Republicans are in charge in congress, and now some are seeking Democrats who they can get to help them advance their agenda. New Senate leader Mitch McConnell is reportedly identifying Democrats he believes will break ranks with their party and support at least some Republican legislation.
The Hill reports that Republicans have identified a number of centrist Senate Democrats who they think might help them advance certain legislation, including changes to Obamacare. McConnell and Republicans hold 54 seats in the new Senate, which puts them six votes shy of the “super majority” needed to overcome filibusters and bring legislation to a vote.
The Hill says that Republicans consider the following five Democrats and one independent to be their “go to” centrists:
- Joe Manchin (D-WV)
- Heidi Heitkamp (D-ND)
- Mark Warner (D-VA)
- Tim Kaine (D-VA)
- Joe Donnelly (D-IN)
- Angus King (Ind-ME)
Also seen as possible aisle crossers are Delaware’s two Democratic senators, Chris Coons and Tom Carper, as well as Claire McCaskill (D-MO), and Martin Heinrich (D-NM). However, the members of that group are considered to be less likely to go along with Republicans than the others.
Manchin is looking to lead the turncoats.
West Virginia’s Joe Manchin is practically a Republican already. The senator wasted no time in joining Republicans, along with Democrats Donnelly, Warner, Heitkamp, McCaskill, and Montana’s Jon Tester in introducing legislation to approve construction of the Keystone XL pipeline.
Manchin told Politico in November that he would not go along with Democrats who might attempt to block the Republican legislative agenda. Despite watching the Republicans do exactly that to Democrats over the past six years, Manchin does not think that turnabout is fair play. When asked about the possibility of Democrats giving Republicans a taste of their own medicine, Manchin said, “That’s bullsh**. . . . I’m not going to put up with that.”
Manchin, along with Indiana’s Donnelly, will join Republicans again in what is certain to be the first of many shots at the Affordable Care Act. The two are backing a proposal, along with Republicans Susan Collins (Maine) and Lisa Murkowski (Ark.), to change Obamacare’s definition of “full-time” employment from 30 hours per week to 40. This will reduce the number of employees whose employers must offer them health insurance coverage.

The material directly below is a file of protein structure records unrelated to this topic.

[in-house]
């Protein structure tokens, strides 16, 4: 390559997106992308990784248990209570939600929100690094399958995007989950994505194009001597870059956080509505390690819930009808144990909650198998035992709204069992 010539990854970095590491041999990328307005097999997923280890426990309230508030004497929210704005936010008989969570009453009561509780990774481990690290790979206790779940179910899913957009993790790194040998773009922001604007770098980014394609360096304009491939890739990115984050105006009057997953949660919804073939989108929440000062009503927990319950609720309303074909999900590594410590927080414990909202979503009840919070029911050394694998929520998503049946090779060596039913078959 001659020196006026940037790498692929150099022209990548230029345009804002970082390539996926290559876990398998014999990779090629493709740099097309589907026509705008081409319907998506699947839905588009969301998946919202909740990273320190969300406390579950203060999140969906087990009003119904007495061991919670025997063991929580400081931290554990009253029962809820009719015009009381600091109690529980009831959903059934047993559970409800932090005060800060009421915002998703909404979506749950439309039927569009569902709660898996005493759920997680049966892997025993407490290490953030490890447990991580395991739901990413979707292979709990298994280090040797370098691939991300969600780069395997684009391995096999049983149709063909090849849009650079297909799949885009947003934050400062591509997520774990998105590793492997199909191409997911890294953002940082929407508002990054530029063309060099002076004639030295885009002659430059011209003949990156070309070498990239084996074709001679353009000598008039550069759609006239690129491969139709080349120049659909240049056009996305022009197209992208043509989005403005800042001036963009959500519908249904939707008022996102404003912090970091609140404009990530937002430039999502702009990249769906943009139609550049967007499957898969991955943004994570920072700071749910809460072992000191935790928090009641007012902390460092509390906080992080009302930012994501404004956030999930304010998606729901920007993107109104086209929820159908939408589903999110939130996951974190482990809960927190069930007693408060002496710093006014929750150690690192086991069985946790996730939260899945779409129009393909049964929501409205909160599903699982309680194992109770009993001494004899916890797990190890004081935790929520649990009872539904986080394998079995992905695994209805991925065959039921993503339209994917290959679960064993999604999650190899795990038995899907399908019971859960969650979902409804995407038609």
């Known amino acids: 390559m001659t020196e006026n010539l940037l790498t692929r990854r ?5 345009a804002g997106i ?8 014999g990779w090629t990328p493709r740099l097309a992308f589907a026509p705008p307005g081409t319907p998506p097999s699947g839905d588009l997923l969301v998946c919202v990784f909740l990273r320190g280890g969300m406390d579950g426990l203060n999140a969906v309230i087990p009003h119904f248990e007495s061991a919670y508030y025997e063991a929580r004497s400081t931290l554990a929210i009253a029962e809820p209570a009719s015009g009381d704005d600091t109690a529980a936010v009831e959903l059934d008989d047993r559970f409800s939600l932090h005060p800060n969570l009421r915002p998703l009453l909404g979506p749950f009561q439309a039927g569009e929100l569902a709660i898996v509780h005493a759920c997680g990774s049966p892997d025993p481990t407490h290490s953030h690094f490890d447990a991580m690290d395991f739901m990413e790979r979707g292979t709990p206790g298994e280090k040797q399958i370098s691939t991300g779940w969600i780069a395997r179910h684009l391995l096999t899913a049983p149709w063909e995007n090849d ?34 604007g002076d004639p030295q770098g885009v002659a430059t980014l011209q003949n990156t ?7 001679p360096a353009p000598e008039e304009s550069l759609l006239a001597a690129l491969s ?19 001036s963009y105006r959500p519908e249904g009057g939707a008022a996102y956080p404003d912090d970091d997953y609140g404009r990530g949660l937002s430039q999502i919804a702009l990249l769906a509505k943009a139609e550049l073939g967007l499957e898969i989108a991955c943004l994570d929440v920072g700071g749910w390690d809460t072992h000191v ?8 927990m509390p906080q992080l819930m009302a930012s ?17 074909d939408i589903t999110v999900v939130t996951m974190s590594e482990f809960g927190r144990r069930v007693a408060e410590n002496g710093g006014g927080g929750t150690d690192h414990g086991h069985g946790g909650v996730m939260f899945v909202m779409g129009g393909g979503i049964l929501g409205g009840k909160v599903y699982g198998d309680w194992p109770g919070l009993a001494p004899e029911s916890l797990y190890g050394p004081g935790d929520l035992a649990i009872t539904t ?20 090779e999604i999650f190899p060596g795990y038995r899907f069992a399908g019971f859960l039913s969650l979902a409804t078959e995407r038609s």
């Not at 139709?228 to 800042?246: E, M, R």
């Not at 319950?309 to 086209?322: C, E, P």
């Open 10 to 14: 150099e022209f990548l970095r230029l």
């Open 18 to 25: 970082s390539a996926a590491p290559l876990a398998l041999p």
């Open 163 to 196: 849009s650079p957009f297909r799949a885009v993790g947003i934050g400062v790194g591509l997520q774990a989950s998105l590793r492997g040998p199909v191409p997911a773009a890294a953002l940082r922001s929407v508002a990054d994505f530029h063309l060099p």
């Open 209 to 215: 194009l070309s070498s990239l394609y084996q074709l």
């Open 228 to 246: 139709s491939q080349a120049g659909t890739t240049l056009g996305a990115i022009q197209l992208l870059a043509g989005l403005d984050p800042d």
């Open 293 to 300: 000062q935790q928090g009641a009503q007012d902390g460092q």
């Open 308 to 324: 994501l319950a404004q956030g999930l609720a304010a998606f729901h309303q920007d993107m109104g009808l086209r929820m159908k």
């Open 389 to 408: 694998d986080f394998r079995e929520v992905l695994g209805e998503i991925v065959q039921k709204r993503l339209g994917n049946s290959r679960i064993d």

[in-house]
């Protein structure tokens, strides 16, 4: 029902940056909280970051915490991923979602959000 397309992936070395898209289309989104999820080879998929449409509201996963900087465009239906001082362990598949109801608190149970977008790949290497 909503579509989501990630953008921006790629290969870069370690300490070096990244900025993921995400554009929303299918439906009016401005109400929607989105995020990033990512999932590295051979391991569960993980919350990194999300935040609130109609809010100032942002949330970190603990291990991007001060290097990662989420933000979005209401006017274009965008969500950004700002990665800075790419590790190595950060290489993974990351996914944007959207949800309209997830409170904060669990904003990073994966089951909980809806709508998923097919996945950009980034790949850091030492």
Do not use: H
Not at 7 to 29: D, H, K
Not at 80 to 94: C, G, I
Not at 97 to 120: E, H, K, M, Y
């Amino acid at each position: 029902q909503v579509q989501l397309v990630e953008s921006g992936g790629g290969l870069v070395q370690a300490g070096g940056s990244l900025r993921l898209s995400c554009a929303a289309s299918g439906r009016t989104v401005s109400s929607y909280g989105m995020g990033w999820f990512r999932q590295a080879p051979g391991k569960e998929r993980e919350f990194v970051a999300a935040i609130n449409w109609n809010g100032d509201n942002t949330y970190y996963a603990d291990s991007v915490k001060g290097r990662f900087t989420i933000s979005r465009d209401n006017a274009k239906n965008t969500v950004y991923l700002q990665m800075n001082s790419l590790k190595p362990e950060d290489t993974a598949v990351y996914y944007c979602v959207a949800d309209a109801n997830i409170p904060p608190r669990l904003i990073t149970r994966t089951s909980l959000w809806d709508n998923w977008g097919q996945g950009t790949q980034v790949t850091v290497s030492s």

Some Democrats have lost track of where the center is.
Some Democrats seem to be attempting to show themselves as more magnanimous and cooperative than Republicans by signaling a willingness to work across the aisle. But some of their attitudes seem to be coming from a flawed interpretation of where Americans stand on important issues.
It is understandable that Democrats like McCaskill, and Donnelly, who represent what are basically “red” states, might want to protect their jobs by going along with the GOP. But job security is not a reason that Carper and Coons, from solidly blue Delaware, or Kaine and Warner, from trending blue Virginia, should want to do so.
In terms of the policies that the two major parties stand for, polls have shown, and continue to show, that most Americans are solidly in the Democratic camp on many major issues, but that fact didn’t stop Joe Manchin from saying this:
Our party has to come back to where the middle is, where the people want us to be.
Manchin seems to have missed the fact that, as the Republican Party has moved ever farther to the right, Democrats have also rushed rightward to fill the gap. Many observers note that, thanks to the shift, the “center” of American politics is far to the right of where it was 50 years ago.
It’s no secret that Republicans consider it to be “bipartisanship” when a few Democrats accept Republican ideas without question. Will these Democrats hold out to try and improve on Republican legislation, or will they accept what is presented to them and adopt a “go along to get along” attitude that was never shown to them by Republicans? It’s going to be an interesting two years.
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